If it quickly becomes clear that Durant is headed elsewhere, I hope Houston doesn’t wait around.  And I’m curious to see how things play out, given the stellar crop available next summer.  How can they convince next year’s free agents to sign up, if again this year, they don’t improve?  And the clock on James Harden’s free agency is ticking as well.

About the author: Rahat Huq is a lawyer in real life and the founder and editor-in-chief of www.Red94.net.

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  • Jatman20

    My sentiments as well with exception to D’Antoni. I would add friendship of Beasley with an attempt to get Augustine in free agency (together while
    with the Longhorns & again recently in OKC). With Westbrook’s ego Augustine didn’t get a fair chance. Stick with the positives of making a concerted effort to keep Ariza & add more 3 & D guys. No state income tax is a plus. People are leaving California in droves to Nevada to avoid high state income taxes. D’Antoni’s system is run the floor fast and PnR at various places on the court. Iso usually only at end of quarters (which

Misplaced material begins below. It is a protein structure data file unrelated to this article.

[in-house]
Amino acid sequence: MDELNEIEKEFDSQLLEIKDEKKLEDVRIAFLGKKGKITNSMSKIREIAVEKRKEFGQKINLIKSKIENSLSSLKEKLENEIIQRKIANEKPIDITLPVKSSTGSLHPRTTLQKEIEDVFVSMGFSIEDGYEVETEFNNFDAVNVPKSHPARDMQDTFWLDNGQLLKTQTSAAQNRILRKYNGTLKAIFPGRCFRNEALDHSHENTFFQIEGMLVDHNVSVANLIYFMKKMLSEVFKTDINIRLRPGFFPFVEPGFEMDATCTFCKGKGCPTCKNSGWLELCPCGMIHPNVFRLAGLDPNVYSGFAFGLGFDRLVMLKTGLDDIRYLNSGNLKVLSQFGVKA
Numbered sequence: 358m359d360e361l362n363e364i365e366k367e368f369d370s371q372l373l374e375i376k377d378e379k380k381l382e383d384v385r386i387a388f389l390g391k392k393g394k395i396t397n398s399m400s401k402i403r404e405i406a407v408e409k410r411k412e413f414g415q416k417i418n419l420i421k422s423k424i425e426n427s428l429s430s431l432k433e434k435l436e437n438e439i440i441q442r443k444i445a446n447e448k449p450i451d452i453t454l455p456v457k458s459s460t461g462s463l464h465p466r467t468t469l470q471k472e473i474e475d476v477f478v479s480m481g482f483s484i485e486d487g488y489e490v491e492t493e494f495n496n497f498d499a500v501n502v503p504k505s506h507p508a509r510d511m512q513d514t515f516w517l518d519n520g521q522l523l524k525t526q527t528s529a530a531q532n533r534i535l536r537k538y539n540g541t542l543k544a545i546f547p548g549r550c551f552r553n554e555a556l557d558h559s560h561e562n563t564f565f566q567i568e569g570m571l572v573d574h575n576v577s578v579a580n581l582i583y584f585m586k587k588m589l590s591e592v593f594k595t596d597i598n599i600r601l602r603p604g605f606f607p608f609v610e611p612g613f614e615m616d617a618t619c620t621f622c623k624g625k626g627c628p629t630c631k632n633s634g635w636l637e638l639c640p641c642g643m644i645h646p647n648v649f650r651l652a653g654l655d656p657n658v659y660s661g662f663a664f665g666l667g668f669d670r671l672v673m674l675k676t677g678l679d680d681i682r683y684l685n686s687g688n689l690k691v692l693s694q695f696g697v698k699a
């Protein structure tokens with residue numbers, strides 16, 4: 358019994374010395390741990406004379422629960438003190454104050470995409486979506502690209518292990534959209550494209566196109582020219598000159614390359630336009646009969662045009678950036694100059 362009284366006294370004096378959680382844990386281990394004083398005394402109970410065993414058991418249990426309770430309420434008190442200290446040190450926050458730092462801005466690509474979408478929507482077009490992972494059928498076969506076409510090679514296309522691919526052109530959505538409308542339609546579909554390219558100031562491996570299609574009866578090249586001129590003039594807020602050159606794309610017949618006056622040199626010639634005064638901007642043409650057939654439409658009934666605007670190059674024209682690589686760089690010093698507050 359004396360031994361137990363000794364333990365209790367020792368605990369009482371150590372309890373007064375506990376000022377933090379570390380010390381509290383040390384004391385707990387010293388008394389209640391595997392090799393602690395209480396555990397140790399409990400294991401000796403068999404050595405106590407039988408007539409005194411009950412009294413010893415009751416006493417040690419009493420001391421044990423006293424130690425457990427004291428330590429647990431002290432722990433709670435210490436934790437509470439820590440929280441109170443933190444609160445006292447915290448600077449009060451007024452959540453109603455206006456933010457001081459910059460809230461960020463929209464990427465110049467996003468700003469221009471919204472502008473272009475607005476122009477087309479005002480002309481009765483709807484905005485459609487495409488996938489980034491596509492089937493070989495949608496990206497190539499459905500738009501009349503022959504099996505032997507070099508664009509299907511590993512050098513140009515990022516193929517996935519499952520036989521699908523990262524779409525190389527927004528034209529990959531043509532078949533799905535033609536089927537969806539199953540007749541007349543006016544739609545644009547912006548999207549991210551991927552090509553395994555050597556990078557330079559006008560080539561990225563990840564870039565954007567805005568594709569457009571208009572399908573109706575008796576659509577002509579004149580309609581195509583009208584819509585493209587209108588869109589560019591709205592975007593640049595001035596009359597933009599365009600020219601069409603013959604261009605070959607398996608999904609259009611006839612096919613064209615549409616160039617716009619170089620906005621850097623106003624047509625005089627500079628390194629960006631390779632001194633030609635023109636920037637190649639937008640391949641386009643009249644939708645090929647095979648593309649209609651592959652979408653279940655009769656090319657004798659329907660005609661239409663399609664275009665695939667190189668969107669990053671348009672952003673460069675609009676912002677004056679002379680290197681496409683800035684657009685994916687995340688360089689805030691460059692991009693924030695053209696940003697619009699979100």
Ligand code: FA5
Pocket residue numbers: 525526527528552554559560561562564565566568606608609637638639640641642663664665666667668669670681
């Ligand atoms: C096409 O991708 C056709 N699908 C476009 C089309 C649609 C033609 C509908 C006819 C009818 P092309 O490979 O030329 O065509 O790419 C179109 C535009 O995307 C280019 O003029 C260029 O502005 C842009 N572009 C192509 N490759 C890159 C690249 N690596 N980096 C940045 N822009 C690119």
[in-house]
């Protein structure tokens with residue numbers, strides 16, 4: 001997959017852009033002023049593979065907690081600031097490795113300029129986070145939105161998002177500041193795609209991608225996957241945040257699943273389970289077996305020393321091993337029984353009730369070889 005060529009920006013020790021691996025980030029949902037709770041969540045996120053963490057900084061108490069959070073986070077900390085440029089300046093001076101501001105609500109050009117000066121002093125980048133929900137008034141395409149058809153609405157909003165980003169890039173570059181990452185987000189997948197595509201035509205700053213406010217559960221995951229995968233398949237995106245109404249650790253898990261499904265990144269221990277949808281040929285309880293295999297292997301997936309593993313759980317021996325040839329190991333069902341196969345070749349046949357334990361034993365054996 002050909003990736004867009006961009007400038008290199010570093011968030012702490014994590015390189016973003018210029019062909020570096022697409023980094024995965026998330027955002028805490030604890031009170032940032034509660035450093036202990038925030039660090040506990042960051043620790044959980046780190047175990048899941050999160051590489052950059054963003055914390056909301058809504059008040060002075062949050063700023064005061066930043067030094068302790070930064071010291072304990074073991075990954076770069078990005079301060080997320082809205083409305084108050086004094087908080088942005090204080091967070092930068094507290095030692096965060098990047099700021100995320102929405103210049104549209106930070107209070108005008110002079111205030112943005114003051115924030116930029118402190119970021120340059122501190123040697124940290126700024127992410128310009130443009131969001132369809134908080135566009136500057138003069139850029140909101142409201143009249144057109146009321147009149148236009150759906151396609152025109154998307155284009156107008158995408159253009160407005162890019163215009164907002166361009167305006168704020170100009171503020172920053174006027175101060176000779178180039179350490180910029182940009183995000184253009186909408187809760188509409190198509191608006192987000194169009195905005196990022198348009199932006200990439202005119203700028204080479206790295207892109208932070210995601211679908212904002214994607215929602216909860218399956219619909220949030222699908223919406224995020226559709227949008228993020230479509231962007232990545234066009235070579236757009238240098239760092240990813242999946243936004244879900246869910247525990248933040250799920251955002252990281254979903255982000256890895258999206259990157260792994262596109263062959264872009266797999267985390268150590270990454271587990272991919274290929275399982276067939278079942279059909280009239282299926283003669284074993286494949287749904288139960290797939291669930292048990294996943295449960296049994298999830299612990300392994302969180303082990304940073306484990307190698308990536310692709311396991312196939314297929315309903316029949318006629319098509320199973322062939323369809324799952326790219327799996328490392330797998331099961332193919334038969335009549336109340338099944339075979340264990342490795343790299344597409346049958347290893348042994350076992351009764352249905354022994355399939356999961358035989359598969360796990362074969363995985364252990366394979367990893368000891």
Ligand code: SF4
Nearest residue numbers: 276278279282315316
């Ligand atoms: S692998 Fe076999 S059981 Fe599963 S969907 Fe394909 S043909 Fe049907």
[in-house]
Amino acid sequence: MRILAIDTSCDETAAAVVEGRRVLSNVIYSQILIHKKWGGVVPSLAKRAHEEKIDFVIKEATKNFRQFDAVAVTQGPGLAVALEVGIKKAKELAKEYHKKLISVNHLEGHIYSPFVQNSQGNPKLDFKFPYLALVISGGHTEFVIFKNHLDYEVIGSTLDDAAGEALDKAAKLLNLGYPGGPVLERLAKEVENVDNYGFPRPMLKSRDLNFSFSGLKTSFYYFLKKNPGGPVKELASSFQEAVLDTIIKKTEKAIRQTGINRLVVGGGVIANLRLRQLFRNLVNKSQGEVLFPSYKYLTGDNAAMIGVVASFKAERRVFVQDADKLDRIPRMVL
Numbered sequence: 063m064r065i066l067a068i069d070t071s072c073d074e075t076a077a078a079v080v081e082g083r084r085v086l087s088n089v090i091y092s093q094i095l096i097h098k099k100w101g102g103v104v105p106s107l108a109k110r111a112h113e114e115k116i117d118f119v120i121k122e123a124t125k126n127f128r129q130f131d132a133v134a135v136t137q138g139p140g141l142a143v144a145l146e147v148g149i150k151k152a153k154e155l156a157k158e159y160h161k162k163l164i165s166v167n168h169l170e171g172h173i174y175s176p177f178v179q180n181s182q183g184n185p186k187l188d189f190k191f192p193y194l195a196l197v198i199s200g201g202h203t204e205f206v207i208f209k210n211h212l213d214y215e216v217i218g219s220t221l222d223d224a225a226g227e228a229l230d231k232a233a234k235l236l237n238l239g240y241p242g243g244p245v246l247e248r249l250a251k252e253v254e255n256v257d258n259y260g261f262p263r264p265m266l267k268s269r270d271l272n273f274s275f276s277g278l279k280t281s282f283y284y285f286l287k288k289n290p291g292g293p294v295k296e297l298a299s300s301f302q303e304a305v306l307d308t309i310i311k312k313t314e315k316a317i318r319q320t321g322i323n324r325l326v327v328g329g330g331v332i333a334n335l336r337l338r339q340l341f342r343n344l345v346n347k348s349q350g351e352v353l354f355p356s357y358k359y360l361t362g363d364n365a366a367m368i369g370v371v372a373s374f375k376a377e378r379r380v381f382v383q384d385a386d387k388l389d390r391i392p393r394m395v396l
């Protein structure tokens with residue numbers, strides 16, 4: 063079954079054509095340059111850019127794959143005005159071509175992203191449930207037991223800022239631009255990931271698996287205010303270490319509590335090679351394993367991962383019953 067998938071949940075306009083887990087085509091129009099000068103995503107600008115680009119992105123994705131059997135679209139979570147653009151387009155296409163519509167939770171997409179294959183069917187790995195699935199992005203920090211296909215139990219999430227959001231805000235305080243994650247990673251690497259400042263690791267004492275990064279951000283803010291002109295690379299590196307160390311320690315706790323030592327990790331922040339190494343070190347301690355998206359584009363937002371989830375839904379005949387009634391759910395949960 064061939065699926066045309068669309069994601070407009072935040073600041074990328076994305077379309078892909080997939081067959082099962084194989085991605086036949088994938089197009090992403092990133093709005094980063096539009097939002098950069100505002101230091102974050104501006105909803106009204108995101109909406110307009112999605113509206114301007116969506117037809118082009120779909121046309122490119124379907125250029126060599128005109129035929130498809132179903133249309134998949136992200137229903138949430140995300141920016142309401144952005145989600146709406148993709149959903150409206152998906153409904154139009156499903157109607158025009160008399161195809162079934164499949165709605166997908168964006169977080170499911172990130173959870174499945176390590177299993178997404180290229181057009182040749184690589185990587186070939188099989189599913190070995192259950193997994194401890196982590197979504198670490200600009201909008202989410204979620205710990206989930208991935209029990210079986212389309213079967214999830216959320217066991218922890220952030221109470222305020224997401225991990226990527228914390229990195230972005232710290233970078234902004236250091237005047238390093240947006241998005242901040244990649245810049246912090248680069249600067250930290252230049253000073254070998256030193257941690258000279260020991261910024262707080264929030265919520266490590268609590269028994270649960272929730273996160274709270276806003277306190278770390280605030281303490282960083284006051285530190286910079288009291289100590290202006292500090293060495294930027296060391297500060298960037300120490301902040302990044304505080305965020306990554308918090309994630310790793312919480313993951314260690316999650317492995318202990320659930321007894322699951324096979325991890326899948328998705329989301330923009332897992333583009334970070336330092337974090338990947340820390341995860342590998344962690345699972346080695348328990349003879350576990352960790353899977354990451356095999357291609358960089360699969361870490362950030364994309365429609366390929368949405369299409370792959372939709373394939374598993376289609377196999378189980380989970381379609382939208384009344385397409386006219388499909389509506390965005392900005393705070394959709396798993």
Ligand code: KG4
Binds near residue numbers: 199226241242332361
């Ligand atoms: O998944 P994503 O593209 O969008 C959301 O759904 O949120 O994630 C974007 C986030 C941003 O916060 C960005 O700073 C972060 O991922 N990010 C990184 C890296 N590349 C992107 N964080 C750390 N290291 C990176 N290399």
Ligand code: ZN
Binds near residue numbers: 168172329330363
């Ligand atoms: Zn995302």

will please Red94 fans). Problem with D’Antoni in the past is lack of depth
    which teams have addressed now-a-days. The successful teams are running; but have an effecient 2nd team as well that can run. Rockets are getting younger and more athletic in order to gear towards such a feat.
    Morey in the press conference with D’Antoni pushed Brewer’s name
    out there. What Morey and D’Antoni need to understand is “run n gun” can win you a lot of regular season games; but the playoff teams will take
    away the transition fast break points. This is where D’Antoni has failed before and Morey will as well counting on guys like McDaniels (without improving his shot) or Brewer. Perimeter players better be able to hit
    outside shots……as the layoffs become a half court game. I have faith
    Mr. B will get that defense in order. Two years ago the Rockets were
    a top notch defense with Howard missing 41 games. The team can